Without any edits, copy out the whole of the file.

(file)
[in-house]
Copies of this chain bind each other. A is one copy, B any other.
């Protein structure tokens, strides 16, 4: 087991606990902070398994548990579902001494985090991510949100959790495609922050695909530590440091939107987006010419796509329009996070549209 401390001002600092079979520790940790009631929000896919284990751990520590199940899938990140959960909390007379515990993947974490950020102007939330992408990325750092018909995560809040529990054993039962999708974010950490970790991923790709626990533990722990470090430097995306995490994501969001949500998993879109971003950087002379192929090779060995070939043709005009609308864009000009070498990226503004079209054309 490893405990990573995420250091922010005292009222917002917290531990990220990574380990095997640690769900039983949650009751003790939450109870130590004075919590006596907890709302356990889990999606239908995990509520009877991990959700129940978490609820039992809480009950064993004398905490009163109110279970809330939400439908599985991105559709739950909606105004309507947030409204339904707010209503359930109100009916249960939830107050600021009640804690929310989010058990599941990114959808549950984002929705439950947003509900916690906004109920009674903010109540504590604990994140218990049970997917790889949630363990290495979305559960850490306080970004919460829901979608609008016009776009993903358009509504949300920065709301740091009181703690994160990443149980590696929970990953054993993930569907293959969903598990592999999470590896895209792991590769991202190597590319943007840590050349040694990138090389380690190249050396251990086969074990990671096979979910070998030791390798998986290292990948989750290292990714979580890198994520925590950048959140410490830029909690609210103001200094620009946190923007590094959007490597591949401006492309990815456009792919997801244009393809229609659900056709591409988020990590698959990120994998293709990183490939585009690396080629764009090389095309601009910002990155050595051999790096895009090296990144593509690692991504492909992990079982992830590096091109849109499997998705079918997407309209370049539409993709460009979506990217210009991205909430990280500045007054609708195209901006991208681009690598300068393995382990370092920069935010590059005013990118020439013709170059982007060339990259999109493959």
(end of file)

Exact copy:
[in-house]
Copies of this chain bind each other. A is one copy, B any other.
């Protein structure tokens, strides 16, 4: 087991606990902070398994548990579902001494985090991510949100959790495609922050695909530590440091939107987006010419796509329009996070549209 401390001002600092079979520790940790009631929000896919284990751990520590199940899938990140959960909390007379515990993947974490950020102007939330992408990325750092018909995560809040529990054993039962999708974010950490970790991923790709626990533990722990470090430097995306995490994501969001949500998993879109971003950087002379192929090779060995070939043709005009609308864009000009070498990226503004079209054309 490893405990990573995420250091922010005292009222917002917290531990990220990574380990095997640690769900039983949650009751003790939450109870130590004075919590006596907890709302356990889990999606239908995990509520009877991990959700129940978490609820039992809480009950064993004398905490009163109110279970809330939400439908599985991105559709739950909606105004309507947030409204339904707010209503359930109100009916249960939830107050600021009640804690929310989010058990599941990114959808549950984002929705439950947003509900916690906004109920009674903010109540504590604990994140218990049970997917790889949630363990290495979305559960850490306080970004919460829901979608609008016009776009993903358009509504949300920065709301740091009181703690994160990443149980590696929970990953054993993930569907293959969903598990592999999470590896895209792991590769991202190597590319943007840590050349040694990138090389380690190249050396251990086969074990990671096979979910070998030791390798998986290292990948989750290292990714979580890198994520925590950048959140410490830029909690609210103001200094620009946190923007590094959007490597591949401006492309990815456009792919997801244009393809229609659900056709591409988020990590698959990120994998293709990183490939585009690396080629764009090389095309601009910002990155050595051999790096895009090296990144593509690692991504492909992990079982992830590096091109849109499997998705079918997407309209370049539409993709460009979506990217210009991205909430990280500045007054609708195209901006991208681009690598300068393995382990370092920069935010590059005013990118020439013709170059982007060339990259999109493959």